When you decide to make the move into tech contracting, you’ve got to think about all sorts of things. Setting yourself up as an independent business, training yourself up in necessary skills and dealing with the financials will all come high on your to-do list, but you should also give a lot of consideration to your CV. After all, this is what’s going to get you the jobs and the income that makes setting yourself up as a business worthwhile.
Contractor CVs are a little different to those written for permanent positions, however:
1) Have a master CV and a tailored one
When you become a contractor, it’s a good idea to have a master CV – one that you can give recruiters and share on LinkedIn – as well as a CV that’s tailored to individual positions you’re applying to. This master CV is a good idea because in many cases potential clients may end up coming to you if you’ve been recommended to them. This means it’s an easy way for them to see your whole skill set quickly.
However, when you apply to individual positions, it’s important to tailor your CV to the job advert. Clients won’t be interested in training you up like they might be for permanent employees – instead they’ll want you to hit the ground running, so showing them you have to the necessary skills to do that is important.
Specific programs, frameworks and tools you’ve used are much more important than what you did at school.
2) Make your CV skills and outcomes-based
One of the key rules for a contractor CV is that you have to cut the fluff. That Duke of Edinburgh award you did 10 years ago simply isn’t relevant anymore. Instead, clients want to see the skills you have and how you applied them in the projects you worked on. You could even consider having a section at the top of your CV that lists your main tech skills (putting them in order of how necessary they will be for the job you’re applying to).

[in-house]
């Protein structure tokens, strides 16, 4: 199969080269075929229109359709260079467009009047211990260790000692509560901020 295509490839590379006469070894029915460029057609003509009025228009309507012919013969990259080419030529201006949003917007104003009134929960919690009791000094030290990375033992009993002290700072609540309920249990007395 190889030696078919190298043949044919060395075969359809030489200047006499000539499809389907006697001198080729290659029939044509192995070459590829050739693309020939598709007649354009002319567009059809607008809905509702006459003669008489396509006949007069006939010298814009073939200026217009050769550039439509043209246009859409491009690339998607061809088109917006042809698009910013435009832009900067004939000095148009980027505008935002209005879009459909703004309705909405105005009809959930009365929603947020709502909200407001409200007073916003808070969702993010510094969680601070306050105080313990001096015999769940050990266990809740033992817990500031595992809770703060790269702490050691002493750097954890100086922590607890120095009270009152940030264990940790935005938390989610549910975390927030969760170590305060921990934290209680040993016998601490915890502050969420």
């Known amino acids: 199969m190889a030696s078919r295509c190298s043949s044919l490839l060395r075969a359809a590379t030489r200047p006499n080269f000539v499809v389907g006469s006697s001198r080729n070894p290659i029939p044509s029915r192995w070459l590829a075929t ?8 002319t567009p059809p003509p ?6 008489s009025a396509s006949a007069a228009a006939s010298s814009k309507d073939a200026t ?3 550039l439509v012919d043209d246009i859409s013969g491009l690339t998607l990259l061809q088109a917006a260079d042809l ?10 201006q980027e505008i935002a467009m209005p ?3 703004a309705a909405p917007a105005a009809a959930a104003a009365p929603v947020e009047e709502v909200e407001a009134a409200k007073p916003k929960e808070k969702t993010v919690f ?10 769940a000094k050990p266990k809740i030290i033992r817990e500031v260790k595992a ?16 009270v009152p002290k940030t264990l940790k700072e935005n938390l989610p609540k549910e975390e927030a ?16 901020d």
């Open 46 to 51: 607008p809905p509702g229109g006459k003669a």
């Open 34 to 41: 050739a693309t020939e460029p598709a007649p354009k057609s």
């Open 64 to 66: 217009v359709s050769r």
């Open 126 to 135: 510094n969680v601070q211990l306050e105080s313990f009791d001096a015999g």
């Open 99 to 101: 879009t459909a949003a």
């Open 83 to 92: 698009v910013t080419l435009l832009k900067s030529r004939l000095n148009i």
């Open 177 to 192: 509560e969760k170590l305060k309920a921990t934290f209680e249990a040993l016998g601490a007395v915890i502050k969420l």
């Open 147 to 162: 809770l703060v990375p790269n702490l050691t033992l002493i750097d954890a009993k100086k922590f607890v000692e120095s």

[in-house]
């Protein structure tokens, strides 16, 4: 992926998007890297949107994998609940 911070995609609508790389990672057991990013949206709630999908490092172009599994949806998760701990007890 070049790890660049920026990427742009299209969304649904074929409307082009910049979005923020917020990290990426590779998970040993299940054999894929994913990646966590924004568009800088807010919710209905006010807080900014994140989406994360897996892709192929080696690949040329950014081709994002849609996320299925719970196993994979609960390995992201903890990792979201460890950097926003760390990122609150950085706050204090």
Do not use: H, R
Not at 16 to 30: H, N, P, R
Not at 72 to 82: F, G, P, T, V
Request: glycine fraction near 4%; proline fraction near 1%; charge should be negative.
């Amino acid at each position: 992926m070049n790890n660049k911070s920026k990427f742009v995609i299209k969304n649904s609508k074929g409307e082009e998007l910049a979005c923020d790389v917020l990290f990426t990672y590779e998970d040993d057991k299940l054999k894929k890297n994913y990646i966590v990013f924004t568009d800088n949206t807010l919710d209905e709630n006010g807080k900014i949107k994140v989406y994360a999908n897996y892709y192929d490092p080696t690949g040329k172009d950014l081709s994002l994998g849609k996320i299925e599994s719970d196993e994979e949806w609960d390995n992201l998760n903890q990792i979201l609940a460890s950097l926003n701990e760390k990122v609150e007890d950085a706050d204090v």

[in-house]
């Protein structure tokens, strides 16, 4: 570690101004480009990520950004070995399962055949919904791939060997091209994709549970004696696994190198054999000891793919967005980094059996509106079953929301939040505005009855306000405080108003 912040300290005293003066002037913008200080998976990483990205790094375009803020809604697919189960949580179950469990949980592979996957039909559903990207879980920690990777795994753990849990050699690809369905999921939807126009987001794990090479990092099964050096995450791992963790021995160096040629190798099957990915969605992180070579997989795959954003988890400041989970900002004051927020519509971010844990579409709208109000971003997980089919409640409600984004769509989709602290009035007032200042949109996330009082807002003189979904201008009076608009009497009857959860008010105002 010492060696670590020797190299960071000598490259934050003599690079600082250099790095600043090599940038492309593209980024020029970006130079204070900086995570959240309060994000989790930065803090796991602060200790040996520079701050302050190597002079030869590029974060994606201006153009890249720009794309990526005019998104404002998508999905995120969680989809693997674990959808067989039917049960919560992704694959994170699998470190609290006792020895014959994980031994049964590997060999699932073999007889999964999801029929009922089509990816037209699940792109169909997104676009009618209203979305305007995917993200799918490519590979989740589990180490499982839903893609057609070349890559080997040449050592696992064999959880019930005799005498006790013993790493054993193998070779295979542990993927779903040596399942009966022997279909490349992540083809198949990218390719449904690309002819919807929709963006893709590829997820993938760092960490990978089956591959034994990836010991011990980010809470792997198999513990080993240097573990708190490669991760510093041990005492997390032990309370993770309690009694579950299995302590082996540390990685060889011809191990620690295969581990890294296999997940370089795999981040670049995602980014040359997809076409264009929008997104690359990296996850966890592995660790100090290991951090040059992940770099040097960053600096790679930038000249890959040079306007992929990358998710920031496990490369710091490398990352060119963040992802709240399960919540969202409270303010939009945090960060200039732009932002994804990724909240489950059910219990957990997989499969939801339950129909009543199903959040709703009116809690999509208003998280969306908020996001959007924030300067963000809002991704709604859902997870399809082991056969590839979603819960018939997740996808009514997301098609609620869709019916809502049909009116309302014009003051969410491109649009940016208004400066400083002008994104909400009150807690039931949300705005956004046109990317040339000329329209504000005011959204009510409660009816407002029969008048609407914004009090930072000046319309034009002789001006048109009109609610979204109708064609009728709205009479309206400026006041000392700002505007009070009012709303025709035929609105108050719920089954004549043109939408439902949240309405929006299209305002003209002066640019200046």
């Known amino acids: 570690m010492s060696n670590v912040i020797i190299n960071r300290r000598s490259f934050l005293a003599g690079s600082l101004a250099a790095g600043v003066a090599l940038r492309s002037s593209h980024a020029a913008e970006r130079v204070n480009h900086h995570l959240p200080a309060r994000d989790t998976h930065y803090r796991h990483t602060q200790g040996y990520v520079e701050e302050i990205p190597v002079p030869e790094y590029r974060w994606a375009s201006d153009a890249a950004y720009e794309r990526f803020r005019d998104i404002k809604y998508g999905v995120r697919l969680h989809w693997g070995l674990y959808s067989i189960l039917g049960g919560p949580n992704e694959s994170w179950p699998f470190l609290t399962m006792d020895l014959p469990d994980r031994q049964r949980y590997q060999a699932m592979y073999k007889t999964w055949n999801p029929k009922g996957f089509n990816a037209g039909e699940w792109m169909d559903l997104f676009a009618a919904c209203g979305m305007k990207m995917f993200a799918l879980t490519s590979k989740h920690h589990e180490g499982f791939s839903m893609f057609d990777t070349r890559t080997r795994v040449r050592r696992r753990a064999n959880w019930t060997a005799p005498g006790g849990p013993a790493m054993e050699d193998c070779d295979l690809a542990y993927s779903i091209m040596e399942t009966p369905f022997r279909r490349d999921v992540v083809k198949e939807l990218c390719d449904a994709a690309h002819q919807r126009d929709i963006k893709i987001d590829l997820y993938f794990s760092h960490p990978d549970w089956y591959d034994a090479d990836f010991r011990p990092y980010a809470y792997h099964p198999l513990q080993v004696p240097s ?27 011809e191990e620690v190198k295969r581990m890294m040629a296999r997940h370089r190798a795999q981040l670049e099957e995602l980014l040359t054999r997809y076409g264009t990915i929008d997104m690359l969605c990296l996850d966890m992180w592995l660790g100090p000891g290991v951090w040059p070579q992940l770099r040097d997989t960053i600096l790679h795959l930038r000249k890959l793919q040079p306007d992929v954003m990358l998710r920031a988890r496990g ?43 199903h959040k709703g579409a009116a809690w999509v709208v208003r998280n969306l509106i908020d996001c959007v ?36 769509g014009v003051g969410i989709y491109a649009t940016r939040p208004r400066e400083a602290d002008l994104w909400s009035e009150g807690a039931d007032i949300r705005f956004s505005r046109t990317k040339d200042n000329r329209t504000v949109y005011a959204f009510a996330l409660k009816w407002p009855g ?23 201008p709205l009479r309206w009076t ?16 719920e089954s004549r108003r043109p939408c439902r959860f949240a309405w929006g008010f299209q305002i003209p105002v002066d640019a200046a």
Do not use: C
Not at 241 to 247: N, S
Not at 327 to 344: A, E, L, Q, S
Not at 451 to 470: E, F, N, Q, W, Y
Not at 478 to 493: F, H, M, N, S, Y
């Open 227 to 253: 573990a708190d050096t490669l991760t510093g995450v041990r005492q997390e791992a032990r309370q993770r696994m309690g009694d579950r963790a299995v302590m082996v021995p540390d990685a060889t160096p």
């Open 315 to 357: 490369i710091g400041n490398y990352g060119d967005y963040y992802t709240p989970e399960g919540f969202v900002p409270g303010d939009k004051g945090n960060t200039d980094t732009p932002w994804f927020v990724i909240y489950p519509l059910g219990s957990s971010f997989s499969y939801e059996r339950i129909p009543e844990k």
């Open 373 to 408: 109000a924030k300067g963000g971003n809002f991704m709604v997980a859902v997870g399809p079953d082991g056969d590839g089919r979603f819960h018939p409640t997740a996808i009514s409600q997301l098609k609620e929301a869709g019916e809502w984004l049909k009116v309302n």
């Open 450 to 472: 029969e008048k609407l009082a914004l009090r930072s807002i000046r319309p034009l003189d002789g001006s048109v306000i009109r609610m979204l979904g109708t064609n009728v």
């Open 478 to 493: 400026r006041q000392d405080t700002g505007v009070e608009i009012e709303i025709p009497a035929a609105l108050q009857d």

If you’ve completed a few contractor jobs already, you need to show exactly what you did on each project, and show the outcomes for the company. Try and be as specific as possible – for example, do you have data on how much you were able to improve productivity or efficiency?
3) Be specific
Individual programming languages, tools and frameworks you used on each project is an essential addition for any tech contractor CV. Keep these relevant – a project you worked on the early 90s is unlikely to have any specific frameworks that are still applicable today.
Talent Engage is an online portal that allows contractors to create a profile detailing their skills and experience. Potential clients can then browse these and contact contractors they think will be suitable. For more information, get in touch with the team today.